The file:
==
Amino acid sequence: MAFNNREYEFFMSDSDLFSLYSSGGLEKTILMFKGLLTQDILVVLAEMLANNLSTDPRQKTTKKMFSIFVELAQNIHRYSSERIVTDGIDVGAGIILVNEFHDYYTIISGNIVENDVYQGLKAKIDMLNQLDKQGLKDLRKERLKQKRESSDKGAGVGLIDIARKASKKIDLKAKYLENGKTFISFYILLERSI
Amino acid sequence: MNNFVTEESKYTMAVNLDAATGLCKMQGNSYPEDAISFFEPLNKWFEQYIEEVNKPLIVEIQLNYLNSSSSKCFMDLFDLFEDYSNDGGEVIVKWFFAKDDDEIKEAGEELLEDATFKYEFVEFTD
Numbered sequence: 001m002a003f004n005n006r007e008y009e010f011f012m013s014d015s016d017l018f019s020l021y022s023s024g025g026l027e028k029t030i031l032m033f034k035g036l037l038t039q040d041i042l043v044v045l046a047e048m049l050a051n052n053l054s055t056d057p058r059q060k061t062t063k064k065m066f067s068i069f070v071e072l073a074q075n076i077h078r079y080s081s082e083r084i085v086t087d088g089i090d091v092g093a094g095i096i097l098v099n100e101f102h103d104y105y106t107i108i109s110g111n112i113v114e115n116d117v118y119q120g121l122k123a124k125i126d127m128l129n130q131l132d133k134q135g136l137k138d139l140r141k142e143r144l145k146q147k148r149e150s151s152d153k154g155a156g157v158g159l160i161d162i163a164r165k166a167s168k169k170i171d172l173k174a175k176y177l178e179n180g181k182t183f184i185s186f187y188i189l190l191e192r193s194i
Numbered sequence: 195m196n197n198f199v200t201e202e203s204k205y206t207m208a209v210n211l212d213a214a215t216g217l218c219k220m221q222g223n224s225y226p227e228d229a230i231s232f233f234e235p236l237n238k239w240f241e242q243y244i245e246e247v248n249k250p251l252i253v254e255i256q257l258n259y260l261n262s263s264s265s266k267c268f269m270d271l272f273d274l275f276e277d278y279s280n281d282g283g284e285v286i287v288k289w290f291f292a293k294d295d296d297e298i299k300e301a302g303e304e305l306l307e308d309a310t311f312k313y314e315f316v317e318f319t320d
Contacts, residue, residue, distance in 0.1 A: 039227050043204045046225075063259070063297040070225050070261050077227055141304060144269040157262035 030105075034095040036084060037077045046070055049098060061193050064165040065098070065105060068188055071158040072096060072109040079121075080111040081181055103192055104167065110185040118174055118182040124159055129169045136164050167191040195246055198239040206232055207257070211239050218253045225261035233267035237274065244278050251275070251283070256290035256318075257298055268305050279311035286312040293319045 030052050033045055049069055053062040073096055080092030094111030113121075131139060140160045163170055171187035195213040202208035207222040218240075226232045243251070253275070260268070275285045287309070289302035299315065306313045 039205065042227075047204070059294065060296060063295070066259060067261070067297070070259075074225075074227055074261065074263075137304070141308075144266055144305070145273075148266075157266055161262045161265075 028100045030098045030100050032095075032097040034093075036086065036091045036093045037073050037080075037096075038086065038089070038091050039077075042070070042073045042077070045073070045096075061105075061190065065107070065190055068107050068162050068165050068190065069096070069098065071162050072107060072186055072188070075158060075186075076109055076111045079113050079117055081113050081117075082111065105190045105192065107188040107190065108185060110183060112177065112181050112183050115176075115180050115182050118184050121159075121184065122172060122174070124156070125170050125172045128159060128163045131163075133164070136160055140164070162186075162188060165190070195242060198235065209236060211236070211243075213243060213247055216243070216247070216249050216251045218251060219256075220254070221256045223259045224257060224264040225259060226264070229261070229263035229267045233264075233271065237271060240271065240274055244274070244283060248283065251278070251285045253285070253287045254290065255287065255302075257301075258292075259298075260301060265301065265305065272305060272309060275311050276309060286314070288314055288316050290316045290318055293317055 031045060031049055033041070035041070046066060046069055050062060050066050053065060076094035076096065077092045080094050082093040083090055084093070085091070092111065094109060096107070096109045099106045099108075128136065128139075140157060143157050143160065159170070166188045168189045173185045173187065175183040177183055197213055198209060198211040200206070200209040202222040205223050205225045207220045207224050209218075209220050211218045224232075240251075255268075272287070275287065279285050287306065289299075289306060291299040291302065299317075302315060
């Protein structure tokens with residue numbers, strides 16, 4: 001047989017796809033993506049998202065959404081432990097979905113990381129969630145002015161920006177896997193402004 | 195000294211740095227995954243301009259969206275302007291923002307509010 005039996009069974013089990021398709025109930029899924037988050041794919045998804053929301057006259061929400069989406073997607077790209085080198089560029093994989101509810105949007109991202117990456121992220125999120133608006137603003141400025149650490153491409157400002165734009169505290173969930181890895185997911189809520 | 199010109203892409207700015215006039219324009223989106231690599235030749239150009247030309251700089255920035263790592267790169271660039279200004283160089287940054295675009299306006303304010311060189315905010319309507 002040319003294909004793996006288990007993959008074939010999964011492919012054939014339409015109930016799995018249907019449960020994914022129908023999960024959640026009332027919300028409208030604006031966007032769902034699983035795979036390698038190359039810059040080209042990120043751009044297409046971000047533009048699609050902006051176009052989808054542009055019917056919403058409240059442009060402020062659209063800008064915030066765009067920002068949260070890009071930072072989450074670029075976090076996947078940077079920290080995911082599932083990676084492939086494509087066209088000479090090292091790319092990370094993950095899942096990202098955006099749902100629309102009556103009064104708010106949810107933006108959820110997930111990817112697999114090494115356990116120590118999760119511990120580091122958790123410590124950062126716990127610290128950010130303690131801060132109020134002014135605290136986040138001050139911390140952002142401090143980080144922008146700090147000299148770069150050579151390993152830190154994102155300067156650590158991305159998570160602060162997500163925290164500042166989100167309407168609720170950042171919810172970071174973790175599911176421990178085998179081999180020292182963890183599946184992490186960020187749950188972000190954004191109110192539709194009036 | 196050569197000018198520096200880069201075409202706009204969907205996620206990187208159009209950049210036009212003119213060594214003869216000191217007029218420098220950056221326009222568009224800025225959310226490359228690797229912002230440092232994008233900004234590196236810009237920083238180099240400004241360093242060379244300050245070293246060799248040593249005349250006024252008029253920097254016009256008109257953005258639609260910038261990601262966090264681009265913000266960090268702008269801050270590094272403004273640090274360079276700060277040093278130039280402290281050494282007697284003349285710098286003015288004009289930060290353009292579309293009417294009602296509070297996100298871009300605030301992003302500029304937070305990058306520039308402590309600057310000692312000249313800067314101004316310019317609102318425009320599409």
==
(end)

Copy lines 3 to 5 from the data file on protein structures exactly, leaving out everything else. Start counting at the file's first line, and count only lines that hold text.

Numbered sequence: 001m002a003f004n005n006r007e008y009e010f011f012m013s014d015s016d017l018f019s020l021y022s023s024g025g026l027e028k029t030i031l032m033f034k035g036l037l038t039q040d041i042l043v044v045l046a047e048m049l050a051n052n053l054s055t056d057p058r059q060k061t062t063k064k065m066f067s068i069f070v071e072l073a074q075n076i077h078r079y080s081s082e083r084i085v086t087d088g089i090d091v092g093a094g095i096i097l098v099n100e101f102h103d104y105y106t107i108i109s110g111n112i113v114e115n116d117v118y119q120g121l122k123a124k125i126d127m128l129n130q131l132d133k134q135g136l137k138d139l140r141k142e143r144l145k146q147k148r149e150s151s152d153k154g155a156g157v158g159l160i161d162i163a164r165k166a167s168k169k170i171d172l173k174a175k176y177l178e179n180g181k182t183f184i185s186f187y188i189l190l191e192r193s194i
Numbered sequence: 195m196n197n198f199v200t201e202e203s204k205y206t207m208a209v210n211l212d213a214a215t216g217l218c219k220m221q222g223n224s225y226p227e228d229a230i231s232f233f234e235p236l237n238k239w240f241e242q243y244i245e246e247v248n249k250p251l252i253v254e255i256q257l258n259y260l261n262s263s264s265s266k267c268f269m270d271l272f273d274l275f276e277d278y279s280n281d282g283g284e285v286i287v288k289w290f291f292a293k294d295d296d297e298i299k300e301a302g303e304e305l306l307e308d309a310t311f312k313y314e315f316v317e318f319t320d
Contacts, residue, residue, distance in 0.1 A: 039227050043204045046225075063259070063297040070225050070261050077227055141304060144269040157262035 030105075034095040036084060037077045046070055049098060061193050064165040065098070065105060068188055071158040072096060072109040079121075080111040081181055103192055104167065110185040118174055118182040124159055129169045136164050167191040195246055198239040206232055207257070211239050218253045225261035233267035237274065244278050251275070251283070256290035256318075257298055268305050279311035286312040293319045 030052050033045055049069055053062040073096055080092030094111030113121075131139060140160045163170055171187035195213040202208035207222040218240075226232045243251070253275070260268070275285045287309070289302035299315065306313045 039205065042227075047204070059294065060296060063295070066259060067261070067297070070259075074225075074227055074261065074263075137304070141308075144266055144305070145273075148266075157266055161262045161265075 028100045030098045030100050032095075032097040034093075036086065036091045036093045037073050037080075037096075038086065038089070038091050039077075042070070042073045042077070045073070045096075061105075061190065065107070065190055068107050068162050068165050068190065069096070069098065071162050072107060072186055072188070075158060075186075076109055076111045079113050079117055081113050081117075082111065105190045105192065107188040107190065108185060110183060112177065112181050112183050115176075115180050115182050118184050121159075121184065122172060122174070124156070125170050125172045128159060128163045131163075133164070136160055140164070162186075162188060165190070195242060198235065209236060211236070211243075213243060213247055216243070216247070216249050216251045218251060219256075220254070221256045223259045224257060224264040225259060226264070229261070229263035229267045233264075233271065237271060240271065240274055244274070244283060248283065251278070251285045253285070253287045254290065255287065255302075257301075258292075259298075260301060265301065265305065272305060272309060275311050276309060286314070288314055288316050290316045290318055293317055 031045060031049055033041070035041070046066060046069055050062060050066050053065060076094035076096065077092045080094050082093040083090055084093070085091070092111065094109060096107070096109045099106045099108075128136065128139075140157060143157050143160065159170070166188045168189045173185045173187065175183040177183055197213055198209060198211040200206070200209040202222040205223050205225045207220045207224050209218075209220050211218045224232075240251075255268075272287070275287065279285050287306065289299075289306060291299040291302065299317075302315060